# Mark Wang John Sturm Sanjeev Kulkarni Paul Cuff.  Basic Background – What is the problem?  Condorcet = IIA  Survey Data  Pairwise Boundaries = No.

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Mark Wang John Sturm Sanjeev Kulkarni Paul Cuff

 Basic Background – What is the problem?  Condorcet = IIA  Survey Data  Pairwise Boundaries = No strategic voting

 How to make group decisions when you must. ◦ Corporations ◦ Organizations ◦ Academic Departments ◦ Politics

 Majority Decision  No real controversy  Three candidates or more --- not so obvious

 Voters express preferences as a list

 Vote Profile (entire preferences of population) ◦ Overly simplified for illustration

 Vote Profile  Each voter submits only one name on ballot  The candidate named the most wins  Ann wins with 37% of the vote.*

 Vote Profile  Rounds of plurality voting, eliminating one loser each round.  Betty loses first, then Carl wins with 63%.

 Vote Profile  Score given for place on ballot  Ann =.74,Betty = 1.3,Carl =.96  Betty wins

 Voting systems can give different outcomes ◦ Do they really?  Is there a best system? ◦ How do we arrive at it?

 Natural Assumptions: 1. (Anonymous) Each voter is treated equally 2. (Neutral) Each candidate is treated equally 3. (Majority) Two candidates = majority 4. (Scale invariant – to be defined)

1. Robust to Candidate adjustments ◦ Independence of Irrelevant Alternatives (IIA) 2. Robust to Voter adjustments ◦ Immunity to Strategic Voting

 The voting outcome would not be different if any of the non-winning candidates had not run in the race.

 One assumption: ◦ Given someone’s honest preference order, we can assume they would vote for the higher ranked candidate in a two-candidate election.  IIA => Winner must win in any subset ◦ => winner must win pairwise against everyone ◦ => Condorcet winner must exist and win election

 Arrow’s Impossibility Theorem  Condorcet winner may not exist

 Anonymous: ◦ Outcome only depends on number of voters who cast each possible ballot. ◦ i.e. ( #(A,B,C), #(A,C,B), … ) ◦ Equivalent: ( #(A,B,C)/n, #(A,C,B)/n, … ) and n.  Scale Invariant: ◦ Only depends on ( #(A,B,C)/n, #(A,C,B)/n, … ) ◦ i.e. Empirical distribution of votes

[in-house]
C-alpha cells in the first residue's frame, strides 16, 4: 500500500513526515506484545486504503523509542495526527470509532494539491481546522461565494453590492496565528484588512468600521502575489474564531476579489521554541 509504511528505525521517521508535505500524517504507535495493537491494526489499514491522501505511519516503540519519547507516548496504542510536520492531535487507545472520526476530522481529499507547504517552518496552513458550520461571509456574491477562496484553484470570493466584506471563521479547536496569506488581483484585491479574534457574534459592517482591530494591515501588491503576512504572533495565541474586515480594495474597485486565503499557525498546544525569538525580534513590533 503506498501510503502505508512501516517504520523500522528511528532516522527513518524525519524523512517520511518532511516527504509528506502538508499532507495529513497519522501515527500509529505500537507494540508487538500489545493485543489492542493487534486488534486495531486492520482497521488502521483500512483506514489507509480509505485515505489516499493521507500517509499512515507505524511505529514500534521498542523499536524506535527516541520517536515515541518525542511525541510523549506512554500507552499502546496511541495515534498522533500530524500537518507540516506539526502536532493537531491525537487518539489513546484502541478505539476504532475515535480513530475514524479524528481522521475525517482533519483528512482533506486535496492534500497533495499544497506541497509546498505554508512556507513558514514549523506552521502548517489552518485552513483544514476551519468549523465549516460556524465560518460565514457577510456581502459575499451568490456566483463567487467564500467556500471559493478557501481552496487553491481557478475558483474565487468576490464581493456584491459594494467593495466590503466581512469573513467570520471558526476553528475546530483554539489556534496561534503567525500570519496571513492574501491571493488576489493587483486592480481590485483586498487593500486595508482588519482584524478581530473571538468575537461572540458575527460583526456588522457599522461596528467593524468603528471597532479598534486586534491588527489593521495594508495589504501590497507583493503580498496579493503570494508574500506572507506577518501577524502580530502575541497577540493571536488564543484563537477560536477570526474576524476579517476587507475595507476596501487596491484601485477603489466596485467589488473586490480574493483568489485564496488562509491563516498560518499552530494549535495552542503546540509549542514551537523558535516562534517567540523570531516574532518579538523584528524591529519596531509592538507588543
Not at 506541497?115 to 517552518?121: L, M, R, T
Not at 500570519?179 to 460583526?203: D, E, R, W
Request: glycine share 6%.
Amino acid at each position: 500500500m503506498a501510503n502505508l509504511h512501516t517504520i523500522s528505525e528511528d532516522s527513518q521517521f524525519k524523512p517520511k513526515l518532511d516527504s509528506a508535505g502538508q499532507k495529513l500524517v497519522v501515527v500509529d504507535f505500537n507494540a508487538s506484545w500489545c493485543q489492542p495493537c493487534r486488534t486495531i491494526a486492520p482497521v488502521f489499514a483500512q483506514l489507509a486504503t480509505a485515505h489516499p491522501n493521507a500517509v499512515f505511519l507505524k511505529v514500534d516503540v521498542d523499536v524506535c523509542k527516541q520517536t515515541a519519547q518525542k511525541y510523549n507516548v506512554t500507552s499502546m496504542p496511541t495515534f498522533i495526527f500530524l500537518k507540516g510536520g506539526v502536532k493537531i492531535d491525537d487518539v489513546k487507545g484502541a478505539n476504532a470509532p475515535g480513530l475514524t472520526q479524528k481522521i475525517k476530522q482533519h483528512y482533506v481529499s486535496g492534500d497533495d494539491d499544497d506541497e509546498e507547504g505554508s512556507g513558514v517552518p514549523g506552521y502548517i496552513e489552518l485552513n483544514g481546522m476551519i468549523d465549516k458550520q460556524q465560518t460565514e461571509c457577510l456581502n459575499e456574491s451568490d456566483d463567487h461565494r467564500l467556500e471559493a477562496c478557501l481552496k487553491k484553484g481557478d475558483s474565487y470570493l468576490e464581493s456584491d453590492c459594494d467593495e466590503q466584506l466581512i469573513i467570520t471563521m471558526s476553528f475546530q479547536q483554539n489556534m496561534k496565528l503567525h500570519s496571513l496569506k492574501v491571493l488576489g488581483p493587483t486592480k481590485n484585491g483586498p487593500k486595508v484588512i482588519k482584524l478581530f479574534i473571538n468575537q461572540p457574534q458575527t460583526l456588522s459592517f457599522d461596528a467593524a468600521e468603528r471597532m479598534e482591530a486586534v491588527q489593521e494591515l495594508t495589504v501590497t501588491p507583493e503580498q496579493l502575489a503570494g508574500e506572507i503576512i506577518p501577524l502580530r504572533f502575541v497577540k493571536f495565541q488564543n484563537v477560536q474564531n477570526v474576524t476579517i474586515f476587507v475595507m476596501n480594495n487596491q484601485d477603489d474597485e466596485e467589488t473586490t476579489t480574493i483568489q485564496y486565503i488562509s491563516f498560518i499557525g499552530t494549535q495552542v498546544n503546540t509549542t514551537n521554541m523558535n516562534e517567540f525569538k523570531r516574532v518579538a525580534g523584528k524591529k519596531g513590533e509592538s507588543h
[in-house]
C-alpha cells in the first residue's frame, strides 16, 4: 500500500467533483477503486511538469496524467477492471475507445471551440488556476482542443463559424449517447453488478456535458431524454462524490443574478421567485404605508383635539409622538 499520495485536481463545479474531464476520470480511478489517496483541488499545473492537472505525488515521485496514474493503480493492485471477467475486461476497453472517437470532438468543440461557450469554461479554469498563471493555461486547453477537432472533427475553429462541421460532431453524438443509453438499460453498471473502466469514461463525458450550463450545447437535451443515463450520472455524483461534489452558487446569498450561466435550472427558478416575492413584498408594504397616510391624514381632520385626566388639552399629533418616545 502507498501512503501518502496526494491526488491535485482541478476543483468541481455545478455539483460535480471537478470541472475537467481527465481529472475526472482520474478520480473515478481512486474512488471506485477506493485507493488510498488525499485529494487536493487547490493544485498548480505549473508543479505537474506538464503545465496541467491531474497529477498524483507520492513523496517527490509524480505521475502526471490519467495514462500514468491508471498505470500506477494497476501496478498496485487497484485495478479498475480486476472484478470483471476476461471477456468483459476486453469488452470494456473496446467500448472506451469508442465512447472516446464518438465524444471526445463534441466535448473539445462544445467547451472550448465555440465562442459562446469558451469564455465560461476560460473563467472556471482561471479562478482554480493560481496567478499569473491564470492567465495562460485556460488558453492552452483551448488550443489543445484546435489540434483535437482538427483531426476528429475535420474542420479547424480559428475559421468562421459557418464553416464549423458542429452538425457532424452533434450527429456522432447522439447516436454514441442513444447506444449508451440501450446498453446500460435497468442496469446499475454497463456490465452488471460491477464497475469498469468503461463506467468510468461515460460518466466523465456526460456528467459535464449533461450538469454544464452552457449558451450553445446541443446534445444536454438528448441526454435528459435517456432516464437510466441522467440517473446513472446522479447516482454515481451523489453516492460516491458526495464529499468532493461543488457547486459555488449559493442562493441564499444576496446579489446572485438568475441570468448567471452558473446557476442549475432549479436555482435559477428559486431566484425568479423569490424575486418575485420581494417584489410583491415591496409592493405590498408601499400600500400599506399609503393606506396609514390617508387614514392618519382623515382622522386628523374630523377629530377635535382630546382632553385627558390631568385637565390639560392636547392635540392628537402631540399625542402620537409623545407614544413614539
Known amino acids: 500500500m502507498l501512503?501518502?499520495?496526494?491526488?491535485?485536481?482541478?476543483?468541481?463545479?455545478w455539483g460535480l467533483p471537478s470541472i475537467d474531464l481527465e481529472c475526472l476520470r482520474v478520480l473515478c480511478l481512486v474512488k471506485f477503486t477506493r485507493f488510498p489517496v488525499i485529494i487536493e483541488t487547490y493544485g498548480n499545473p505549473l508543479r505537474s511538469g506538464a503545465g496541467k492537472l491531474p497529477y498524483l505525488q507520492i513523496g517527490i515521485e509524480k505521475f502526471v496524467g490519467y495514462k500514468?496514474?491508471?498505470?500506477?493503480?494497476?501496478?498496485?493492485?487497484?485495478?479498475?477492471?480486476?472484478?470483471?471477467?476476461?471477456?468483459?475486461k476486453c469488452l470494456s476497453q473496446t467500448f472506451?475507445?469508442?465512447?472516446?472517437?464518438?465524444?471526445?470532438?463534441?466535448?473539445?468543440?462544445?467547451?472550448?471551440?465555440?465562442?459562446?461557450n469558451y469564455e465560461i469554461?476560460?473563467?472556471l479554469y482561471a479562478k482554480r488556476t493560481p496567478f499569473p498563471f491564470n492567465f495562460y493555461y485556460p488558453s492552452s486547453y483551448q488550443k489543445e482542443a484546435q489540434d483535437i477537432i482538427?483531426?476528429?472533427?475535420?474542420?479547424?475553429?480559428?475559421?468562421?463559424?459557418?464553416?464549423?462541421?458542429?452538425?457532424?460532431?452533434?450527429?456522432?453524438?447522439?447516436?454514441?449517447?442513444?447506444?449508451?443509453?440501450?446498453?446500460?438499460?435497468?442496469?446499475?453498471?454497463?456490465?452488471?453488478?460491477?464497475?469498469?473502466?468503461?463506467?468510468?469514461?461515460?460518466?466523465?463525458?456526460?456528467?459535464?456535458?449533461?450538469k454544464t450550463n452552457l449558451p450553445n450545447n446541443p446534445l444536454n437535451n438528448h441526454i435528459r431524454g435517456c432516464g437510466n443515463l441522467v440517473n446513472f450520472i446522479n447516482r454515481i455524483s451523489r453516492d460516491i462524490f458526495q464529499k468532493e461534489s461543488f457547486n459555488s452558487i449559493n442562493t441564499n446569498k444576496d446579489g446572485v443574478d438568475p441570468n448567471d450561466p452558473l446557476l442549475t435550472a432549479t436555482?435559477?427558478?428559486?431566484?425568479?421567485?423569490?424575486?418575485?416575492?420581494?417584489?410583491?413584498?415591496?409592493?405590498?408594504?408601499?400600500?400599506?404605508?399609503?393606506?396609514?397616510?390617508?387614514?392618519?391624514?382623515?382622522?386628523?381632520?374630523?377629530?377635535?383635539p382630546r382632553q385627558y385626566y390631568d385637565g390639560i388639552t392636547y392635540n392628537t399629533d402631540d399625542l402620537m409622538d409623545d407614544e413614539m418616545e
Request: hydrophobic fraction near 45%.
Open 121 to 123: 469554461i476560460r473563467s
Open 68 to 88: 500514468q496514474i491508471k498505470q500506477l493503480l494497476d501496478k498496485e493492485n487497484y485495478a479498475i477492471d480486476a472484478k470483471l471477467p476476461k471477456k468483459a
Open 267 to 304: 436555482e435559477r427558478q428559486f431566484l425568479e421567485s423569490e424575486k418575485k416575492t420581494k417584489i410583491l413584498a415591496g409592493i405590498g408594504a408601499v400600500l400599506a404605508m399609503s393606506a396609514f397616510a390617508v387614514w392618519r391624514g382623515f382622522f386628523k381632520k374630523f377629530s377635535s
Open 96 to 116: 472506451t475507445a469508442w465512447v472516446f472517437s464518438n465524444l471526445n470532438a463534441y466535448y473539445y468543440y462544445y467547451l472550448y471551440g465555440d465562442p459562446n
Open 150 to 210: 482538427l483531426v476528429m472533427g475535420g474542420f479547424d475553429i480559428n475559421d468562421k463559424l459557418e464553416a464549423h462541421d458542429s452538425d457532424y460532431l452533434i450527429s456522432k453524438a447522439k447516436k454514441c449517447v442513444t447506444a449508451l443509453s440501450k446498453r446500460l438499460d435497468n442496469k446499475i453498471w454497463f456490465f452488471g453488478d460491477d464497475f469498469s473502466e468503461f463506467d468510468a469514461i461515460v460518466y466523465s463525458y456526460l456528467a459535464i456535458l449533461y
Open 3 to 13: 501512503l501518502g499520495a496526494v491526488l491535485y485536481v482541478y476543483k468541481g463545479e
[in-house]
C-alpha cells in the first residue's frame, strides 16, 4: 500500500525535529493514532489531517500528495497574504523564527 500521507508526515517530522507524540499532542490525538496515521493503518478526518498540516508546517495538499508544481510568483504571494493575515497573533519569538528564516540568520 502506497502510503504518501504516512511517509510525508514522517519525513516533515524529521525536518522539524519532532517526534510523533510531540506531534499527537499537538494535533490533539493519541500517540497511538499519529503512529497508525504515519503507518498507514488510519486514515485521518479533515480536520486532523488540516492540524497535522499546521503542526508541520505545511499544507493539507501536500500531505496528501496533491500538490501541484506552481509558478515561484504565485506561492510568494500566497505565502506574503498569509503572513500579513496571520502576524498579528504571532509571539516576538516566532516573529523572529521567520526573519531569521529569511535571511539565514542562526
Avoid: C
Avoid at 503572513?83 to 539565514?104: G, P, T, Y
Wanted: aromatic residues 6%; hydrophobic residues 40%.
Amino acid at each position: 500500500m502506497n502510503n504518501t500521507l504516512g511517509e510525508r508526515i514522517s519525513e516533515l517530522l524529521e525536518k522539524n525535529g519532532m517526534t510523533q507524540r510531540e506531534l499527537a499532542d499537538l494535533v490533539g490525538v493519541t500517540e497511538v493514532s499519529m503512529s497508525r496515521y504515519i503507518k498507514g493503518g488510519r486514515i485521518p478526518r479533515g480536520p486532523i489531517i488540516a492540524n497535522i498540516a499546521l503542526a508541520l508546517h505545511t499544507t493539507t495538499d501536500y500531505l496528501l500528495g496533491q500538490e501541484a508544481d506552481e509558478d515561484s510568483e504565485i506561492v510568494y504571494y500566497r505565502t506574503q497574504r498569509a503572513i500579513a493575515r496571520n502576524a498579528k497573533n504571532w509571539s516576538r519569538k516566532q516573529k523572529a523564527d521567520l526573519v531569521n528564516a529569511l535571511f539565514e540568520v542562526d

(A > B > C) (A > C > B) (B > A > C) (B > C > A) Vote Profile

 Some 3-candidate voting systems can be visualized through projections of the simplex  Example: Three dimensional space of pair- wise comparisons ◦ Condorcet Regions ◦ Many Condorcet Methods ◦ Borda

 What really happens? ◦ In real life, does a Condorcet winner exist or not?

 Tideman Data (1987, supported by NSF grant) ◦ UK Labour Party Leader ◦ Ice Skating  American Psychology Association Elections  Debian Leader Election (2001-2007)  Various City Elections  Our collection: Survey responses from 2012 US Presidential Election

Sets of 3 candidates Top View Side View

Sets of 3 candidates with enough voters Top View Side View

Sets of top 3 candidates Top View Side View

 Do voters have an incentive to vote strategically? ◦ A strategic vote is a vote other than the true preferences. Does this ever benefit the voter?  Gibbard-Satterthwaite Theorem ◦ Yes

 Immunity to Strategic Voting is a property of the shape of the boundaries.  Some boundaries may not give incentive for strategic voting.

All boundaries incentivize strategic voting

B  Consider a planar boundary A

 Robust boundaries are based only on pairwise comparisons

 Assume anonymity ◦ (more than G-S assumes)  Assume at least 3 candidates can win  Not possible to partition using only non- strategic boundaries.

In some sense, this is uniquely non-strategic.

 Voters are allowed to modify their vote based on feedback ◦ The population is sampled ◦ One random voter is allowed to change his vote ◦ Update the feedback… pick another random voter

2012 Poll

 Condorcet winner is uniquely: ◦ IIA  Whenever possible ◦ Robust to Strategic Voting  Within the Condorcet regions  Upon strategy, some methods become Condorcet  Disagreement among voting systems is non- negligible.

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